Instructables
Picture of Laser Cut Hooey Stick
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This was the first project I finished as an Artist In Residence at Instructables last July. The start of a fabulous time! 

This Instructable describes how to make this ancient toy with a modern laser cutting.

For those among you asking: “what is a hooey stick”, I refer to this excellent Wikipedia article. You might know this toy who’s origins are lost in time under another name like Gee-haw whammy diddle, Ouija Windmill or a VooDoo Stick.

Rubbing the ridges with a pen or similar round object makes the “propeller” spin. Just a little practise suffices to make it work. Controlling the direction it spins is in the way you hold the hooey stick and is a somewhat more tricky.

Here is a short video of my youngest daughter Imme making it spin:


I dedicate this Instructable to J, for setting us AIR’s up quickly to do some laser cutting and always being ready to.
 
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Step 1: Materials and Tools

Picture of Materials and Tools
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Sheet material:
The hooey stick is part of a series of laser cut toys and gadgets that are supposed to make a one-sheet (or two-sheet) advent calendar. Only elastic bands and machine screws + nuts are to be added. For this project I chose 3mm thick acrylic sheet. But the design for this hooey stick is largely thickness independent. The minimum thickness is determined by what is needed to hold the screw and nut. I guess 1.5 mm should still do. And as long as the “propeller” does not become too heavy it will still work with a larger thickness, probably up to 5 or 6 mm will still work. I expect it will also work when cut out of plywood.
The minimum sheet size is about 13 by 3,5 cm or 14 by 2 cm with an alternative design included in the next step.

Axle:
The axle is made with an M3 machine screw (or bolt if you like), minimum 16 mm long (I used a 20mm one). A regular M3 nut is used to keep it in place.

Tools:
Obviously the main tool is a laser cutter connected to a computer. I had the luck to be able to use a new 120W Epilog laser cutter in the new workshop at Pier 9.
A tool to tighten the machine screw (like an Allen key in my case) proved to be optional as tightening by hand is sufficient and even preferred not to crack the acrylic.
Mrchips1 year ago
This is a classic case of using technology where it is totally unnecessary

There is nothing wrong with this instrucable at all, but I teach kids to make these all the time with stick from a bush, a nail and a pocket knife. No electronic devices are needed, in fact, making it the old way is a lot faster.

A laser cutter is serious overkill - kind of like designing a building a robot to wash your face!
A Complex tool for a simple task... I say let technology exist for technologies sake. Sometimes, its not about the hooey stick, but about the process... sometimes its about the finished product. Why would I print a page on a printer when I can simply transcribe it with pen and paper, why use a pen and paper when sticks and clay exist...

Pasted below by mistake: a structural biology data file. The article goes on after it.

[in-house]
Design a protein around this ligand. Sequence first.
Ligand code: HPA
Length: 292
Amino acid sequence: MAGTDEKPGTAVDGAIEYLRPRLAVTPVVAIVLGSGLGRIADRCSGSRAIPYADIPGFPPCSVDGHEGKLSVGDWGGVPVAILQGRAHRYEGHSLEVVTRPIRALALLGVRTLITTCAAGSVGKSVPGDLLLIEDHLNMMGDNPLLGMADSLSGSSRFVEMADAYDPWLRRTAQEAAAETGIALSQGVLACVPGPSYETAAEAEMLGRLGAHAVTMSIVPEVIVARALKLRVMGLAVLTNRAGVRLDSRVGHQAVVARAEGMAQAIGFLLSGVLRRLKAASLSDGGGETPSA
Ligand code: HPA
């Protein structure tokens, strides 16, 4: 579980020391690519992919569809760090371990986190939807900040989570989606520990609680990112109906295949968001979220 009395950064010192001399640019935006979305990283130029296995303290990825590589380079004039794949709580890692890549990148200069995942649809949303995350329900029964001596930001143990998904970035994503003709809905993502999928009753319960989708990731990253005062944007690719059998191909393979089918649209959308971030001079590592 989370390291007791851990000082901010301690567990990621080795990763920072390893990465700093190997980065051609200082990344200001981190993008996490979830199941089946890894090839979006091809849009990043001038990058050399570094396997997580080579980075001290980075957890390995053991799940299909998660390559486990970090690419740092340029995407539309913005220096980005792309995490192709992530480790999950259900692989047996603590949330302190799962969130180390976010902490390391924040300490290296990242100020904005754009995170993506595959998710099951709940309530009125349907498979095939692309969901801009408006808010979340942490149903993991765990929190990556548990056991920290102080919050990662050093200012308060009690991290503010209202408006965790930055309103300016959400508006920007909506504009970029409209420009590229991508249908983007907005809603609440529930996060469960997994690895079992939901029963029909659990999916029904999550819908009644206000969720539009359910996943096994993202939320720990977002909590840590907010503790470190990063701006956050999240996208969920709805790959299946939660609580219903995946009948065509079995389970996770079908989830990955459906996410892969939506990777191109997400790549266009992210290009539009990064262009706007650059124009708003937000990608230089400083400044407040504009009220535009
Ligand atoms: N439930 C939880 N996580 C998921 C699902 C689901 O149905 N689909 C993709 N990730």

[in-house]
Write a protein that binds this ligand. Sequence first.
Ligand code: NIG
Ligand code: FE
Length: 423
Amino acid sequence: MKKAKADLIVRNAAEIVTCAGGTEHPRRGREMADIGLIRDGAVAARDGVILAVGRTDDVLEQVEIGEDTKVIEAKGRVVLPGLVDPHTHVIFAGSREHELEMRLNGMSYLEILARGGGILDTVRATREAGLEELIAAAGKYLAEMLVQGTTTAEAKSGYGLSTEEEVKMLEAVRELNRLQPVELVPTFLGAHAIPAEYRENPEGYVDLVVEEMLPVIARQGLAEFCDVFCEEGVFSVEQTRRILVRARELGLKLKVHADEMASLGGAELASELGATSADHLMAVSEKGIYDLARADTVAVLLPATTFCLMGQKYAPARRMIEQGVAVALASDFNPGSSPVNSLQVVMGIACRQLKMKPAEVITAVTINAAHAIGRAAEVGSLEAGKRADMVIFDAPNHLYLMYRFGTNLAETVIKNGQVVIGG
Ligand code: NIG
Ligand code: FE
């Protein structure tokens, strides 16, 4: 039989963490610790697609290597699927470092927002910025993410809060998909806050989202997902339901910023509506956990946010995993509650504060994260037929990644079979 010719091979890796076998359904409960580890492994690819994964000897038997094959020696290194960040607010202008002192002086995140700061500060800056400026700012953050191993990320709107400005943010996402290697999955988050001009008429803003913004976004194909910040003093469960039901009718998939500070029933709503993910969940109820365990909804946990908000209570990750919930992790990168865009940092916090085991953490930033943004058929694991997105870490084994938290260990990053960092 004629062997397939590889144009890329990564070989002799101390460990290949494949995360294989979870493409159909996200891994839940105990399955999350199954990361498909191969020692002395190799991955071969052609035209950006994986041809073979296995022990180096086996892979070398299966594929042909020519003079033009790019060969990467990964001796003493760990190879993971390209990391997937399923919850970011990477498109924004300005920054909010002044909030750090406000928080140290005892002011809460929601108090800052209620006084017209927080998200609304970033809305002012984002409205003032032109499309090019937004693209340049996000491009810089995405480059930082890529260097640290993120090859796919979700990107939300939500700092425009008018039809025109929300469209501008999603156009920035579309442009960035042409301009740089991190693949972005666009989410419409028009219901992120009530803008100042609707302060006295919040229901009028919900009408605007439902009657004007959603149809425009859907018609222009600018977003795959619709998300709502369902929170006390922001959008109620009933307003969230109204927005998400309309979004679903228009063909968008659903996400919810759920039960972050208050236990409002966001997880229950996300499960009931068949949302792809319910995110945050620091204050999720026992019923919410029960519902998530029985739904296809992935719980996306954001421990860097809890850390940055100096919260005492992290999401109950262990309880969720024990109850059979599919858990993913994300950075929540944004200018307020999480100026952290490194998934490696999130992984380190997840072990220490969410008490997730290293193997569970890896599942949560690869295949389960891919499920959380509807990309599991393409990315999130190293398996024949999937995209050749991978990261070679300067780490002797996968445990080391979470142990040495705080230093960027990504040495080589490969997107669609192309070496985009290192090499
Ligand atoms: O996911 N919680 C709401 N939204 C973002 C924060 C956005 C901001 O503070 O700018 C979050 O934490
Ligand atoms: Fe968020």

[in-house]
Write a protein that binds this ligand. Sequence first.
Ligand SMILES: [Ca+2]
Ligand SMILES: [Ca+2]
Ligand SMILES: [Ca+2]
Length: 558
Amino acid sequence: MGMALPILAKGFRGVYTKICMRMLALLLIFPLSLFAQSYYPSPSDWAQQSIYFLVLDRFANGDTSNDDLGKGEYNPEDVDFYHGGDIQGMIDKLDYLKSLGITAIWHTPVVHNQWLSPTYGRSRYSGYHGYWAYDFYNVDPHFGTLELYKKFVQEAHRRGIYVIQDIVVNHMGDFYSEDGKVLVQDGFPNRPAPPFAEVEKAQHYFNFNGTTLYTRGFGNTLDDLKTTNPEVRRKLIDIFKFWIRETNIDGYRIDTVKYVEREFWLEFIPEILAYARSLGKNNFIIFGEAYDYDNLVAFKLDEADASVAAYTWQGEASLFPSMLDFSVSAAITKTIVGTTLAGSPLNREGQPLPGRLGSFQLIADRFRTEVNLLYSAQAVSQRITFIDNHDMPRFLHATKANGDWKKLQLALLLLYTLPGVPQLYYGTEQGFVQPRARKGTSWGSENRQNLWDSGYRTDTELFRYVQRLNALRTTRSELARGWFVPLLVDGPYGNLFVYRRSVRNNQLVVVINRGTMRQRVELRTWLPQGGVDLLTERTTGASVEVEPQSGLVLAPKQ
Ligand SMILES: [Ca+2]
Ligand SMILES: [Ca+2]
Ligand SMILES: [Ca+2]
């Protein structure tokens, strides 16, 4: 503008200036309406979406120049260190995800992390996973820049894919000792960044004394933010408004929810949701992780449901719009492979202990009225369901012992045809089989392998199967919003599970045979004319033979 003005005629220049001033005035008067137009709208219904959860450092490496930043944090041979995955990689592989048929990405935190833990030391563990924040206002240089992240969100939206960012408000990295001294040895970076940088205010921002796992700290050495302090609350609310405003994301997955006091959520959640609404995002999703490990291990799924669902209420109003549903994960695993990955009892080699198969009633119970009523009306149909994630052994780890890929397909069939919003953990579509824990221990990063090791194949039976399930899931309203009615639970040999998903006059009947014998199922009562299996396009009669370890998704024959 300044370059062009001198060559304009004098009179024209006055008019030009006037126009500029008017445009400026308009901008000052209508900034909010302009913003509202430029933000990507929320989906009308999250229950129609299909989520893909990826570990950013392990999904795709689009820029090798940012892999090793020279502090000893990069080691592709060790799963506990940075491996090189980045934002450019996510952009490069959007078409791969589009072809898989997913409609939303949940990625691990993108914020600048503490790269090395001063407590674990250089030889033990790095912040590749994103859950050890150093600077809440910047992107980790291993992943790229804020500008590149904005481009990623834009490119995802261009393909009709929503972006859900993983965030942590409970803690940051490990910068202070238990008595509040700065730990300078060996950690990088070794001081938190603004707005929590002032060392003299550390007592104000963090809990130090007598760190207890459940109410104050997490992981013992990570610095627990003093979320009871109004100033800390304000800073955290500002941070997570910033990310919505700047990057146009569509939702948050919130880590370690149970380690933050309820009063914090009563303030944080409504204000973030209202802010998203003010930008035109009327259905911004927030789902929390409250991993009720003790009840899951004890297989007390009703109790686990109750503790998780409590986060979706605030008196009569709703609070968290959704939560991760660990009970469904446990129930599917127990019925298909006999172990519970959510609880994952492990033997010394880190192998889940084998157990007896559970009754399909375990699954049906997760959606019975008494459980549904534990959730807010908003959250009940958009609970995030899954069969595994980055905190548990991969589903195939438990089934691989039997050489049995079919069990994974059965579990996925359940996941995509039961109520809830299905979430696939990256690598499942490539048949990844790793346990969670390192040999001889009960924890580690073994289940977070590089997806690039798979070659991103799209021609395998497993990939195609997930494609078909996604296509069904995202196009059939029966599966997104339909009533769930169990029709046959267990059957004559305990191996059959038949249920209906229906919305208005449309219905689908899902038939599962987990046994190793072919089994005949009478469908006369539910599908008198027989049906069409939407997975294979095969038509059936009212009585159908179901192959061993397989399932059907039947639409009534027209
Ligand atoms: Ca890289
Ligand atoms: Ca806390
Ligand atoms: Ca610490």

masynmachien (author)  Mrchips1 year ago
Dear Mr Chips,

Did you read through the entire Instructable? Because there is a very good reason why it is laser cut. As mentioned in Step 1 this is part of a laser cut "advent calendar" project. In that project the goal is to have a calendar presented as one or two sheets, out of which the parts for a series of toys and gadgets are cut.

So the question was not how can I make a hooey stick? But what simple toys can I make by laser cutting sheet material. The selected toys should be made out of flat parts and should be reasonably easy to assemble by the (young) recipient of the advent calendar. In this frame the hooey stick was one of the first to come up.

I make these hooey sticks with kids too. And when the kids are to young to handle a pocket knife we use large pearls strung over a skewer (as mentioned in Step 2).

Thanks for the interest,

masynmachien
tain4912 months ago
Why it can be rotated and What principles ?
masynmachien (author)  tain4912 months ago
Please follow the link to the Wikipedia article mentioned in the intro.
Thx. ?
bgepp112 months ago
Neato!
John Henry has met the machine... Har.!
Lt.Greg1 year ago
I have to be honest. At first I thought this was the dumbest thing I'd seen in a long time, because just looking at the picture, I couldn't figure out what it was. But then I looked up your Wiki reference and read about it. That's a neat little toy! Its a terrific throw-back to the time when kids made their own amusement, plus the physics explanation for the gadget is an excellent way to impart a little science to youngsters -- IF they bother to read it, that is! LOL

I don't think I'll be making one for myself, but I do appreciate your having posted it for us - thank you.
Nice :) Could also be used to demonstrate how screws come loose in low quality machinery ;)
ynze1 year ago
Owwwww, very smart! Fav'd.
ynze ynze1 year ago
Ps: I'll see it in action tomorrow :-)